Academic journal article Babel

Editorial

Academic journal article Babel

Editorial

Article excerpt

This issue appears at a turning point for Babel due to the loss of our Production Manager, Sub-editor, Subscription and Advertising Manager, David Vale, who died quite suddenly in early November. In just that week, the AFMLTA awarded David its Medal for Outstanding Service to Language Teaching in Australia. The Citation accompanying the medal appears in this issue. All involved in Babel over the years acknowledge their debt to David for his decades of unstinting work on the journal, and extend their heartfelt sympathy to his family. He will be irreplaceable.

The truth of that statement is already evident in the new production arrangements we have quickly had to make for Babel. I would like to thank Steve Holden at ACER for his ready collegial assistance in helping to get this issue out, and apologise to subscribers and advertisers for the delay in its appearance.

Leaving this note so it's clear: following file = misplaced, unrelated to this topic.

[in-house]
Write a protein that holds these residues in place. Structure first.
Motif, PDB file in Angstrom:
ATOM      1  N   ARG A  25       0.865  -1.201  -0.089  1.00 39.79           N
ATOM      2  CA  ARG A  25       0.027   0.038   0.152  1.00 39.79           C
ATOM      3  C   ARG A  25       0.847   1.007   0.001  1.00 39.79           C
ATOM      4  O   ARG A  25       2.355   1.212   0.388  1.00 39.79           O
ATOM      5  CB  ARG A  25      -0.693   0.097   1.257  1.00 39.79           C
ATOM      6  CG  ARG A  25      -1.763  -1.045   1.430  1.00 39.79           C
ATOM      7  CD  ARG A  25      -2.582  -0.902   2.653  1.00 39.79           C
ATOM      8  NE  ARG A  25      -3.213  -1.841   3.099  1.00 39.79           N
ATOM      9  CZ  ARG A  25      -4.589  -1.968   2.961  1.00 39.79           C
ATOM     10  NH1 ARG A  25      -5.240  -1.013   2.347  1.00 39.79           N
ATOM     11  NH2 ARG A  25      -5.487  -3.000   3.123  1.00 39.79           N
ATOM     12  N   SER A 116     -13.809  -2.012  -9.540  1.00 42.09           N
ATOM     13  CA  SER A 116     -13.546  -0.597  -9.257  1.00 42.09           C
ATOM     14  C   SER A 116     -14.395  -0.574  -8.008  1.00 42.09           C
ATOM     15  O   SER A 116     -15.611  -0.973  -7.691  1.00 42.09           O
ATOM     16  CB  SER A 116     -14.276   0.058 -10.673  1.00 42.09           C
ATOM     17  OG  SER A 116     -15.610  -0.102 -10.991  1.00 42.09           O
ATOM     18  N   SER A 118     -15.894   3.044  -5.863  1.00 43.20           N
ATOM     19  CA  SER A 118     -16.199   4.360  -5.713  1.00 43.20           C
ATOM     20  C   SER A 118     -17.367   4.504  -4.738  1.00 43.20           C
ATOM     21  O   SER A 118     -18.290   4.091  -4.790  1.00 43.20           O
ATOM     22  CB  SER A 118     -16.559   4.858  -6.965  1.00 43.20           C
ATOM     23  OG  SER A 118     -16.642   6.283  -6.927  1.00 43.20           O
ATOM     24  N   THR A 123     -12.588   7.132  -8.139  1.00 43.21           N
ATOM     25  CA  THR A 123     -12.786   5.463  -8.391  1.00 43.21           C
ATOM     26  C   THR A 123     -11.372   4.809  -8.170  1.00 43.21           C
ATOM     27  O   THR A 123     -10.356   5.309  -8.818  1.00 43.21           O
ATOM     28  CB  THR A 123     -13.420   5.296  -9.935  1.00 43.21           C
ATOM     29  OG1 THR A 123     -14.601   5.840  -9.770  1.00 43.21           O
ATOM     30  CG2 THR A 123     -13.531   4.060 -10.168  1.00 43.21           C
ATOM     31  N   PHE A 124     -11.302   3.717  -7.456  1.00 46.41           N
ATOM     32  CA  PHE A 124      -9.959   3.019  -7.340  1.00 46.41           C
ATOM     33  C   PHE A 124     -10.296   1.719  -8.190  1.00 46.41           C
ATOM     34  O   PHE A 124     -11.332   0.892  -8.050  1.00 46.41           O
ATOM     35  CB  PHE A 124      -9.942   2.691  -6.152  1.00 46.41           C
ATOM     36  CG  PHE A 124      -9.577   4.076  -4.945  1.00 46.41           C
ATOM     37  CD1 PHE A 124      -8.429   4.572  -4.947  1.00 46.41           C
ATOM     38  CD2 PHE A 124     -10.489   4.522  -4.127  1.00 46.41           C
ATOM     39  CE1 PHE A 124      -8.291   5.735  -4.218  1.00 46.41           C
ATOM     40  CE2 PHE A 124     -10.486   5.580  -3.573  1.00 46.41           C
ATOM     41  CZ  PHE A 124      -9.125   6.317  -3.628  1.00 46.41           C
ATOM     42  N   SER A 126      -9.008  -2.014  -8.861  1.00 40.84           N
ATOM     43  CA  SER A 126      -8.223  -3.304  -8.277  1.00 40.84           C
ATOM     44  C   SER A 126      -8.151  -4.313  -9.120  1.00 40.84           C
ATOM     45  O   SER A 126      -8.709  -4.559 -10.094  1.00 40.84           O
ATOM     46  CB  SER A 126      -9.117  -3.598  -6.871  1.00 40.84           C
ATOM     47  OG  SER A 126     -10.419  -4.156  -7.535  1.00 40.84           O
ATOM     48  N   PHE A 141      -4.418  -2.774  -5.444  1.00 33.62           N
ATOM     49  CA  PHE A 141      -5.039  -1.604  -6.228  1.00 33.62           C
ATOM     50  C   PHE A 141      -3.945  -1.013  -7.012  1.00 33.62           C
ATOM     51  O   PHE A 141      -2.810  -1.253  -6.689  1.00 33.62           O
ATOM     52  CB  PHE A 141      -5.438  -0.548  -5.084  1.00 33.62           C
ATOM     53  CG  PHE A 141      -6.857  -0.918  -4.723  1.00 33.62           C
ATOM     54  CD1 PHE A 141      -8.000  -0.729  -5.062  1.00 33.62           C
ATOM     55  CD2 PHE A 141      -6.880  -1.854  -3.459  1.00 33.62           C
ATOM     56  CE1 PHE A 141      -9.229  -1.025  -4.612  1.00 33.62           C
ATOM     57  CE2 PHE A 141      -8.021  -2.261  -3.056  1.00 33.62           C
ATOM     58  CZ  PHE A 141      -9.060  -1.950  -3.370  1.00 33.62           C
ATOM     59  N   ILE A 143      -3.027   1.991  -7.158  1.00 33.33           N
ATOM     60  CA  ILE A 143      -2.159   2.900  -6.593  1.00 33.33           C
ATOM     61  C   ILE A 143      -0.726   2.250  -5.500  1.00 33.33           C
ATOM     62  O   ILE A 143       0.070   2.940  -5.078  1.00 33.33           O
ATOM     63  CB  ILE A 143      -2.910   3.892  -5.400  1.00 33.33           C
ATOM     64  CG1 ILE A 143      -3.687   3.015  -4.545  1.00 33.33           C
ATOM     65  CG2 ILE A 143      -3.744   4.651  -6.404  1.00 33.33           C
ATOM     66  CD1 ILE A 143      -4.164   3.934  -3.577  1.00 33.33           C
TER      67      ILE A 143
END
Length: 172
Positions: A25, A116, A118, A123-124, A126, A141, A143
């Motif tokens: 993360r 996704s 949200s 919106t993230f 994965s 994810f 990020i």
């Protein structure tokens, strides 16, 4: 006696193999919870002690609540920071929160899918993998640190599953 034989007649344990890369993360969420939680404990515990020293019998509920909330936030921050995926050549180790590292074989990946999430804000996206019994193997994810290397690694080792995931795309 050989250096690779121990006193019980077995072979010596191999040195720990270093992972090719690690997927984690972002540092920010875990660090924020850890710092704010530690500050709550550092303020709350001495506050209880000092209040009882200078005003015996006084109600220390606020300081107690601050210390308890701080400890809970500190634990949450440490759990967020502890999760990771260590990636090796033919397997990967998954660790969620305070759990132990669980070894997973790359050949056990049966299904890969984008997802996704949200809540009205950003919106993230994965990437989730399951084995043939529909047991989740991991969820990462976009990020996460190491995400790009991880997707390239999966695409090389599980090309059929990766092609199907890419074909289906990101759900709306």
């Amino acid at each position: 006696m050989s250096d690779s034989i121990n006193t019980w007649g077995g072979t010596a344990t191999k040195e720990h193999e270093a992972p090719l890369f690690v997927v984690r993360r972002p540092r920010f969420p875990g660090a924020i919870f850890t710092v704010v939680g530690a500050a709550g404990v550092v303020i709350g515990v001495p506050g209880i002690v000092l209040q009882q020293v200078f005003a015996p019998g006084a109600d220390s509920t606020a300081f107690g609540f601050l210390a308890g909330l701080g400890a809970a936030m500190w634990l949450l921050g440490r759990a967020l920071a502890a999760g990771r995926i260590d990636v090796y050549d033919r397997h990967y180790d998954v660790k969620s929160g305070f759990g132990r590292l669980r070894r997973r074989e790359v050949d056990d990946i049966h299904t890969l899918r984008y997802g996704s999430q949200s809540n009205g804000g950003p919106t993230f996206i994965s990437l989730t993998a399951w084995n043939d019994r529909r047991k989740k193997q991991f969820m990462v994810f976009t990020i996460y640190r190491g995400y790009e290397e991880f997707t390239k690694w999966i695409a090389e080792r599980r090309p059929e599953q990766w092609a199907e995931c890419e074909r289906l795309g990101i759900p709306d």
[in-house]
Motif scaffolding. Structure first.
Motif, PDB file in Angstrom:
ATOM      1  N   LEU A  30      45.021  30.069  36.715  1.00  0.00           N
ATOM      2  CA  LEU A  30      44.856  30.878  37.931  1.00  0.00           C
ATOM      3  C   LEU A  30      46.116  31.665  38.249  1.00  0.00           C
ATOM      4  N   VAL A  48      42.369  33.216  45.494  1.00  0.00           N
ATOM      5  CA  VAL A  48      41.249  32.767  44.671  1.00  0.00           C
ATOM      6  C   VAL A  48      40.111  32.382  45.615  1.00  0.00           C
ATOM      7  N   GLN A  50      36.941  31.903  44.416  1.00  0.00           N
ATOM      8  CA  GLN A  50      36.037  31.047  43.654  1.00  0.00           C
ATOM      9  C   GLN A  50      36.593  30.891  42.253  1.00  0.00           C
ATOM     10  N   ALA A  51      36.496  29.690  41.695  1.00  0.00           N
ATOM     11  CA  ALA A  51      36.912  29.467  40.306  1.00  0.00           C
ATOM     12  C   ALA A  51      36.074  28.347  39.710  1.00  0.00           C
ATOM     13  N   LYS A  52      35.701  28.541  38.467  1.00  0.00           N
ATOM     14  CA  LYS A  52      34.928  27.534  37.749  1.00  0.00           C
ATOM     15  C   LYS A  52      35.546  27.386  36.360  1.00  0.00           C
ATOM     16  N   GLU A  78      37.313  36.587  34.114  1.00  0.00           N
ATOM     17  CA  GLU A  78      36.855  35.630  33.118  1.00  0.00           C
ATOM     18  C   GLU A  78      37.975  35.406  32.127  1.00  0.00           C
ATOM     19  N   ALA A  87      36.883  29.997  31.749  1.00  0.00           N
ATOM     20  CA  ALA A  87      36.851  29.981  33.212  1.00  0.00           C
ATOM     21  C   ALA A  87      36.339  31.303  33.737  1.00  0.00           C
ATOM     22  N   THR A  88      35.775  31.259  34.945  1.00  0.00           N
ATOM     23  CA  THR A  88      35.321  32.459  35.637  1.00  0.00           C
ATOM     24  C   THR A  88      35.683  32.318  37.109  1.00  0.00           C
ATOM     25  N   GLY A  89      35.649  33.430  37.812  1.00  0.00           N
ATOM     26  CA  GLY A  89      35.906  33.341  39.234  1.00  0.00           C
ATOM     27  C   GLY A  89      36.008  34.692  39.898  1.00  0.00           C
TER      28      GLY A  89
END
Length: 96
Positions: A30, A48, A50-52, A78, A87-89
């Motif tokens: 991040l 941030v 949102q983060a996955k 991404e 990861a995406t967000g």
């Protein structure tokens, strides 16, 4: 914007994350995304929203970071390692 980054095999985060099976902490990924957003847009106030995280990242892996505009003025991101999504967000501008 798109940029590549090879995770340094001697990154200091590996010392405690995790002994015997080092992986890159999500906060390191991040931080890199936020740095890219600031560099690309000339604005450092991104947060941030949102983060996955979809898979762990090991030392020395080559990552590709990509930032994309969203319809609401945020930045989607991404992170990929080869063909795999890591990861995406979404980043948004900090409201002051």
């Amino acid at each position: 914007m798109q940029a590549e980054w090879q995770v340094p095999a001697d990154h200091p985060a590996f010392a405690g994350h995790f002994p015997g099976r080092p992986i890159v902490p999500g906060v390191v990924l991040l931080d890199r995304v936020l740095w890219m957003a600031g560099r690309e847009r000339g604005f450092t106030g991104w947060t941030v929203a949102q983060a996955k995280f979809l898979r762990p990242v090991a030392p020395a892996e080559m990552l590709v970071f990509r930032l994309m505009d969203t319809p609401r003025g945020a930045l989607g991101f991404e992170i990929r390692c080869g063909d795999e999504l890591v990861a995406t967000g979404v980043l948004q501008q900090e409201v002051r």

There has been great speculation in Australia in the past 12 months about the promise of new money for Asian languages and studies (NALSSP), so our first article, from Yvette Slaughter, is particularly timely. She presents a clear-eyed assessment of the last such effort (NALSAS), focussing especially on Federal-State roles in implementing a viable and successful program.

Sarah Pasfield-Neofitou then presents a useful study of electronic dictionary resources and discusses the advantages and disadvantages of each in comparison with one another, and with hard copy versions. While her sample language is Japanese, the article is highly relevant to all teachers of language, especially as she shows just how influential teachers are in what their students choose and how they use it. …

Search by... Author
Show... All Results Primary Sources Peer-reviewed

Oops!

An unknown error has occurred. Please click the button below to reload the page. If the problem persists, please try again in a little while.